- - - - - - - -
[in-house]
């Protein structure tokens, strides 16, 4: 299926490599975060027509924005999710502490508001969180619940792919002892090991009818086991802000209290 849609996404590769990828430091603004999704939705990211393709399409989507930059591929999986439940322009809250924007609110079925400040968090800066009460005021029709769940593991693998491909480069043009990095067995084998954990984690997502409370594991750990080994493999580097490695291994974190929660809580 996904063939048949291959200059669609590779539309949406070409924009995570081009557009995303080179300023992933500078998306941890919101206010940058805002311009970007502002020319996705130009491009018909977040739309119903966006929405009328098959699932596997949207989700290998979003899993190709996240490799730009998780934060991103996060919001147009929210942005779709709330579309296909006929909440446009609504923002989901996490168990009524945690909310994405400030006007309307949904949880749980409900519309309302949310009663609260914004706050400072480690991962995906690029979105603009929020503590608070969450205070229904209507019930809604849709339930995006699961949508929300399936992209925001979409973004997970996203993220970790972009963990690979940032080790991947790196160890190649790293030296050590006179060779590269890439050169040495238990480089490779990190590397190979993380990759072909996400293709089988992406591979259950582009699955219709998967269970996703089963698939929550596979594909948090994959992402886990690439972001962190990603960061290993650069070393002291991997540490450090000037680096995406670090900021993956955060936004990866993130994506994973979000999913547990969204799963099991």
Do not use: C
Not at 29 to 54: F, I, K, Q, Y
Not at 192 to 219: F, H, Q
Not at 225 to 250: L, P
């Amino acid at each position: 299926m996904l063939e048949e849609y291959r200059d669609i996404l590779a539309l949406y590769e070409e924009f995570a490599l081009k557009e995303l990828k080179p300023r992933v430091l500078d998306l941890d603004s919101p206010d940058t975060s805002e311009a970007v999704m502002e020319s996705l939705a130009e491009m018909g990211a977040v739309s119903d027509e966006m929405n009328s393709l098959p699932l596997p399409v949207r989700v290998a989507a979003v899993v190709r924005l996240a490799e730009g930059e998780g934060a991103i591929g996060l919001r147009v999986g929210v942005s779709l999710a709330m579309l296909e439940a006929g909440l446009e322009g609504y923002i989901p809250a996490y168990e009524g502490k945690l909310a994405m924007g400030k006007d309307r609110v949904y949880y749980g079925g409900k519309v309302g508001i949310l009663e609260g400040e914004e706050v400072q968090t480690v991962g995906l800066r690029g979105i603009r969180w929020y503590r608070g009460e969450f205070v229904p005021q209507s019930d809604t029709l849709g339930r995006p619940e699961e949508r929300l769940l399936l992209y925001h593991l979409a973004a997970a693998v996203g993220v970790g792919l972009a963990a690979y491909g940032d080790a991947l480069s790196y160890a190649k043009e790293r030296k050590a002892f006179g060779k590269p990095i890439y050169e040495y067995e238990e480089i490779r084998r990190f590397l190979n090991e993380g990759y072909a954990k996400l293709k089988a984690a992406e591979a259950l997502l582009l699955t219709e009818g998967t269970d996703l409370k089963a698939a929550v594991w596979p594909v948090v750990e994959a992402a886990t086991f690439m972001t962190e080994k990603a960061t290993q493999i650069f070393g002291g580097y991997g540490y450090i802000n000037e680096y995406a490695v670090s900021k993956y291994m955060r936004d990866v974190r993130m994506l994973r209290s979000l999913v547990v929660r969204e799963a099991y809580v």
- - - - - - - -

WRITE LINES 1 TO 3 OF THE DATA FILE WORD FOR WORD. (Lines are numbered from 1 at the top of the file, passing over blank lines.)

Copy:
[in-house]
């Protein structure tokens, strides 16, 4: 299926490599975060027509924005999710502490508001969180619940792919002892090991009818086991802000209290 849609996404590769990828430091603004999704939705990211393709399409989507930059591929999986439940322009809250924007609110079925400040968090800066009460005021029709769940593991693998491909480069043009990095067995084998954990984690997502409370594991750990080994493999580097490695291994974190929660809580 996904063939048949291959200059669609590779539309949406070409924009995570081009557009995303080179300023992933500078998306941890919101206010940058805002311009970007502002020319996705130009491009018909977040739309119903966006929405009328098959699932596997949207989700290998979003899993190709996240490799730009998780934060991103996060919001147009929210942005779709709330579309296909006929909440446009609504923002989901996490168990009524945690909310994405400030006007309307949904949880749980409900519309309302949310009663609260914004706050400072480690991962995906690029979105603009929020503590608070969450205070229904209507019930809604849709339930995006699961949508929300399936992209925001979409973004997970996203993220970790972009963990690979940032080790991947790196160890190649790293030296050590006179060779590269890439050169040495238990480089490779990190590397190979993380990759072909996400293709089988992406591979259950582009699955219709998967269970996703089963698939929550596979594909948090994959992402886990690439972001962190990603960061290993650069070393002291991997540490450090000037680096995406670090900021993956955060936004990866993130994506994973979000999913547990969204799963099991």
Do not use: C